About Ranked Choice Voting

Ranked Choice Voting: A Deeper Explanation

The voter ranks their choice in order of preference on the ballot.  The voter can rank as many or as few candidates as they wish.  First choices are tabulated, and if a candidate receives a majority of first choices, he or she is elected. If no candidate receives a clear majority of votes on the first count, a series of runoffs are simulated, using each voter’s preferences indicated on the ballot. The candidate who received the fewest first place choices is eliminated. All ballots are then retabulated, with each ballot counting as one vote for each voter's highest ranked candidate who has not been eliminated. Specifically, voters who chose the now-eliminated candidate will now have their ballots counted for their second ranked candidate -- just as if they were voting in a traditional two-round runoff election -- but all other voters get to continue supporting their top candidate. The weakest candidates are successively eliminated and their voters' ballots are redistributed to next choices until a candidate crosses a majority of votes.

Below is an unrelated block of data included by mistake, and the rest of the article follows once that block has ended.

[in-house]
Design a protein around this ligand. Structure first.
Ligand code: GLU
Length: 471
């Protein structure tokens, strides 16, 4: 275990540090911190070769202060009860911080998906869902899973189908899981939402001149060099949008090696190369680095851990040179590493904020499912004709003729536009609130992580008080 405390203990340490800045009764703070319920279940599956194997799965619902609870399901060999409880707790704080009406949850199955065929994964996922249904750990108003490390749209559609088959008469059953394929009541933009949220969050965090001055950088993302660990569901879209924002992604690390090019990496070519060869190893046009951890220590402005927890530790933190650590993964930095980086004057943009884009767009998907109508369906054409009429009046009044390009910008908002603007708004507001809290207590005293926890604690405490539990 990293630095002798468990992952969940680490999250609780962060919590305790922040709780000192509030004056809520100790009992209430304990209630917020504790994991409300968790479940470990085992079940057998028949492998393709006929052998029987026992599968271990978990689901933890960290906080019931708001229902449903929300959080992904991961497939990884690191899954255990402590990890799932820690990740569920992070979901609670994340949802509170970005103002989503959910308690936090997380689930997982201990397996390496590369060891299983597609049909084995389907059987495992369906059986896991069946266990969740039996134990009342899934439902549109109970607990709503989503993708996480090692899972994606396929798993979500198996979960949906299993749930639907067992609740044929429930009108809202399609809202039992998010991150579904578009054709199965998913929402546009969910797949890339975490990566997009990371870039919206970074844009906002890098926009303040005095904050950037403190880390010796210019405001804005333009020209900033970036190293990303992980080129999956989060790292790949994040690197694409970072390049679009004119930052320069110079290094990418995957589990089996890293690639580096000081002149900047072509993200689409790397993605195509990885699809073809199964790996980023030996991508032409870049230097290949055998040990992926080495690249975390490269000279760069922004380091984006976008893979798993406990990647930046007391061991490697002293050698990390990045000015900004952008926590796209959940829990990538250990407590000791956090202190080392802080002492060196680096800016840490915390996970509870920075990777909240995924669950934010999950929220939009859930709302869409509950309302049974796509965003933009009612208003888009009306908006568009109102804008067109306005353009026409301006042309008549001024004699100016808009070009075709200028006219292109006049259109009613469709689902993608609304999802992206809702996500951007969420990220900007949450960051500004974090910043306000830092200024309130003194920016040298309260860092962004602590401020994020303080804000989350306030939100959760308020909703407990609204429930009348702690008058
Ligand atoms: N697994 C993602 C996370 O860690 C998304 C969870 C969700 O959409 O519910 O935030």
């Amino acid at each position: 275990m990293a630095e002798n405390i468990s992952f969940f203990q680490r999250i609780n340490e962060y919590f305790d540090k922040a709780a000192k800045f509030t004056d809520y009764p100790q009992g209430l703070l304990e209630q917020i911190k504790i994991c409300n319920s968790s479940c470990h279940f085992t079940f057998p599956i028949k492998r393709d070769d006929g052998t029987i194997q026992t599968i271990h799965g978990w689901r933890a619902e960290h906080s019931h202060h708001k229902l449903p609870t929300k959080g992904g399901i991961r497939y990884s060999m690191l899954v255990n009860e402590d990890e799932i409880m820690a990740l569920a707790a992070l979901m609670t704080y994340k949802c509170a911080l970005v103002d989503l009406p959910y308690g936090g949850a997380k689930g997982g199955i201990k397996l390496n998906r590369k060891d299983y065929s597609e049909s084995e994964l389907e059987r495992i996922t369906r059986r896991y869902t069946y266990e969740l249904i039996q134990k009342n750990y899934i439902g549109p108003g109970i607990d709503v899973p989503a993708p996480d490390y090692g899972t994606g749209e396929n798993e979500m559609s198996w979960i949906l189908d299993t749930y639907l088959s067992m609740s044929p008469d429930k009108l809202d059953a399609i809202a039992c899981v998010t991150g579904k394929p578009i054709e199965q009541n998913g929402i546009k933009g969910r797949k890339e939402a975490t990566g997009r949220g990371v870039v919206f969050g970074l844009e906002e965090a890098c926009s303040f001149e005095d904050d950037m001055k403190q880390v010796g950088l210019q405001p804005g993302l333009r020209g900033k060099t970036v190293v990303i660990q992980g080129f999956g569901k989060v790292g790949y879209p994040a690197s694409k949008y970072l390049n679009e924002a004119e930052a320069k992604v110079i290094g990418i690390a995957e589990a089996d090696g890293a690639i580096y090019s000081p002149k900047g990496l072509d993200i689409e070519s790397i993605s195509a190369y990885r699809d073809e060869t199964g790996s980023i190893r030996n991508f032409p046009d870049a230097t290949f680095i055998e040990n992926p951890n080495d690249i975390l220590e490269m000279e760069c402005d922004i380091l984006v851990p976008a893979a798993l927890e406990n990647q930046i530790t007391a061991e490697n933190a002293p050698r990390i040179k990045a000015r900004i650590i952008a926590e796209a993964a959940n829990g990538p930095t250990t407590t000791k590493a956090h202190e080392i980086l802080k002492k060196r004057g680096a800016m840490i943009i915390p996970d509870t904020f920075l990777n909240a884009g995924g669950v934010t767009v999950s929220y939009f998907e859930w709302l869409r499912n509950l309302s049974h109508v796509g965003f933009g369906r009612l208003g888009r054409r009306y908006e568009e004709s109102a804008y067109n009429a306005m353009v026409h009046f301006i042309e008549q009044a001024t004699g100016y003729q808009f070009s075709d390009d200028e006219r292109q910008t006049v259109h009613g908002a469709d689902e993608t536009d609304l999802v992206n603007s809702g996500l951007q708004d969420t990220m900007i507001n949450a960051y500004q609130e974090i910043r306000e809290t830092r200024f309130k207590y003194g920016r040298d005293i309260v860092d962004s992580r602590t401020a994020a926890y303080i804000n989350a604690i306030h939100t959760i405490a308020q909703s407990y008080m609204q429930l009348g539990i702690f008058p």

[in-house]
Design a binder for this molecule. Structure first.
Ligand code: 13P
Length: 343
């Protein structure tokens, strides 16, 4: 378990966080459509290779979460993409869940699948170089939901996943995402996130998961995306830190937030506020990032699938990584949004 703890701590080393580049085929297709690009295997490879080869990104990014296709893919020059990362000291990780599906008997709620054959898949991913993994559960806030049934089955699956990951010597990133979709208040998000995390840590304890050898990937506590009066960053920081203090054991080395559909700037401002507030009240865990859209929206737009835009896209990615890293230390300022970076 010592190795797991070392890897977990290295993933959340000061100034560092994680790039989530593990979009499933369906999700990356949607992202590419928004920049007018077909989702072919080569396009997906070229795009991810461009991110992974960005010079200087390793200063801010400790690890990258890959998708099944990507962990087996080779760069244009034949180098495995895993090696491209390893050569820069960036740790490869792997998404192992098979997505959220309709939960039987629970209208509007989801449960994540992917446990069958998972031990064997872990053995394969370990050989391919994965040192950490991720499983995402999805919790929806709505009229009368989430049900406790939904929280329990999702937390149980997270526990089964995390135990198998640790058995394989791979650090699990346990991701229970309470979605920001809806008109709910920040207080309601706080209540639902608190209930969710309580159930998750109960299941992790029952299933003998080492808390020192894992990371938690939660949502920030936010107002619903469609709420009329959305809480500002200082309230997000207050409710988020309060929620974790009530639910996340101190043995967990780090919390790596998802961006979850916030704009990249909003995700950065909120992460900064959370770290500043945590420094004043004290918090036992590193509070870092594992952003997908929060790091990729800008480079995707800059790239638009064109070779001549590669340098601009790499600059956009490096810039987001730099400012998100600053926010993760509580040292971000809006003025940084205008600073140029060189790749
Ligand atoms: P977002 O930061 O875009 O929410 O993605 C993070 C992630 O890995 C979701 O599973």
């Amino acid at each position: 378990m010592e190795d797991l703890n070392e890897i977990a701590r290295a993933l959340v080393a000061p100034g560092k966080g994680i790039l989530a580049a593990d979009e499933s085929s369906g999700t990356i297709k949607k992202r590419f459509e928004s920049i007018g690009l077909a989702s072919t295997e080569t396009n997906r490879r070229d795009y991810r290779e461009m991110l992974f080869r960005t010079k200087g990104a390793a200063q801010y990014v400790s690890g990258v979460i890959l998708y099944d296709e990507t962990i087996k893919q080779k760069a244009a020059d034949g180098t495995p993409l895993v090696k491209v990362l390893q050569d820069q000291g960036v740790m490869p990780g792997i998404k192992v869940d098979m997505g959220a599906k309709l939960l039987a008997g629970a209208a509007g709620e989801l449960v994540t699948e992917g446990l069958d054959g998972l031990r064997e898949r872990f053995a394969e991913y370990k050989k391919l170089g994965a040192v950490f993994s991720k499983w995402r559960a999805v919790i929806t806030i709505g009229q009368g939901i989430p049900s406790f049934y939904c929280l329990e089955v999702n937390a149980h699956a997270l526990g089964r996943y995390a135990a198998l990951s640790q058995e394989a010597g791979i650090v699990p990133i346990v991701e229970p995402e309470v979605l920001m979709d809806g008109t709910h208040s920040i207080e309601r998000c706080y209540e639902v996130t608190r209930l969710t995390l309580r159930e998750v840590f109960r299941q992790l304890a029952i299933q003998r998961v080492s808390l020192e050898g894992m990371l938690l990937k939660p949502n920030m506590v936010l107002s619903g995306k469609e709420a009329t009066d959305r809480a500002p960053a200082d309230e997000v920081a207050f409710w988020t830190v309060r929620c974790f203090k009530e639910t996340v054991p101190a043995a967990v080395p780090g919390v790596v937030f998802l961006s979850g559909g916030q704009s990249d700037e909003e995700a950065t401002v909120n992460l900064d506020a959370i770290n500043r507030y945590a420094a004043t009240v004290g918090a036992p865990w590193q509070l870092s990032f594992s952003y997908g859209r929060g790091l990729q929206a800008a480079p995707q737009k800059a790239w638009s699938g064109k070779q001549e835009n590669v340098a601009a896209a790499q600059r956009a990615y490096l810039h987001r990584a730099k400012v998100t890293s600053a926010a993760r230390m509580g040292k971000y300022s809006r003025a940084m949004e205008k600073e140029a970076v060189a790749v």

We believe Kansas City needs RCV for 3 main reasons:


The Case for RCV - 

Presentation at Missouri County Clerks Conference


Unspoiled Elections

RCV in Minneapolis 

How Ranked-Choice Voting Is Changing Politics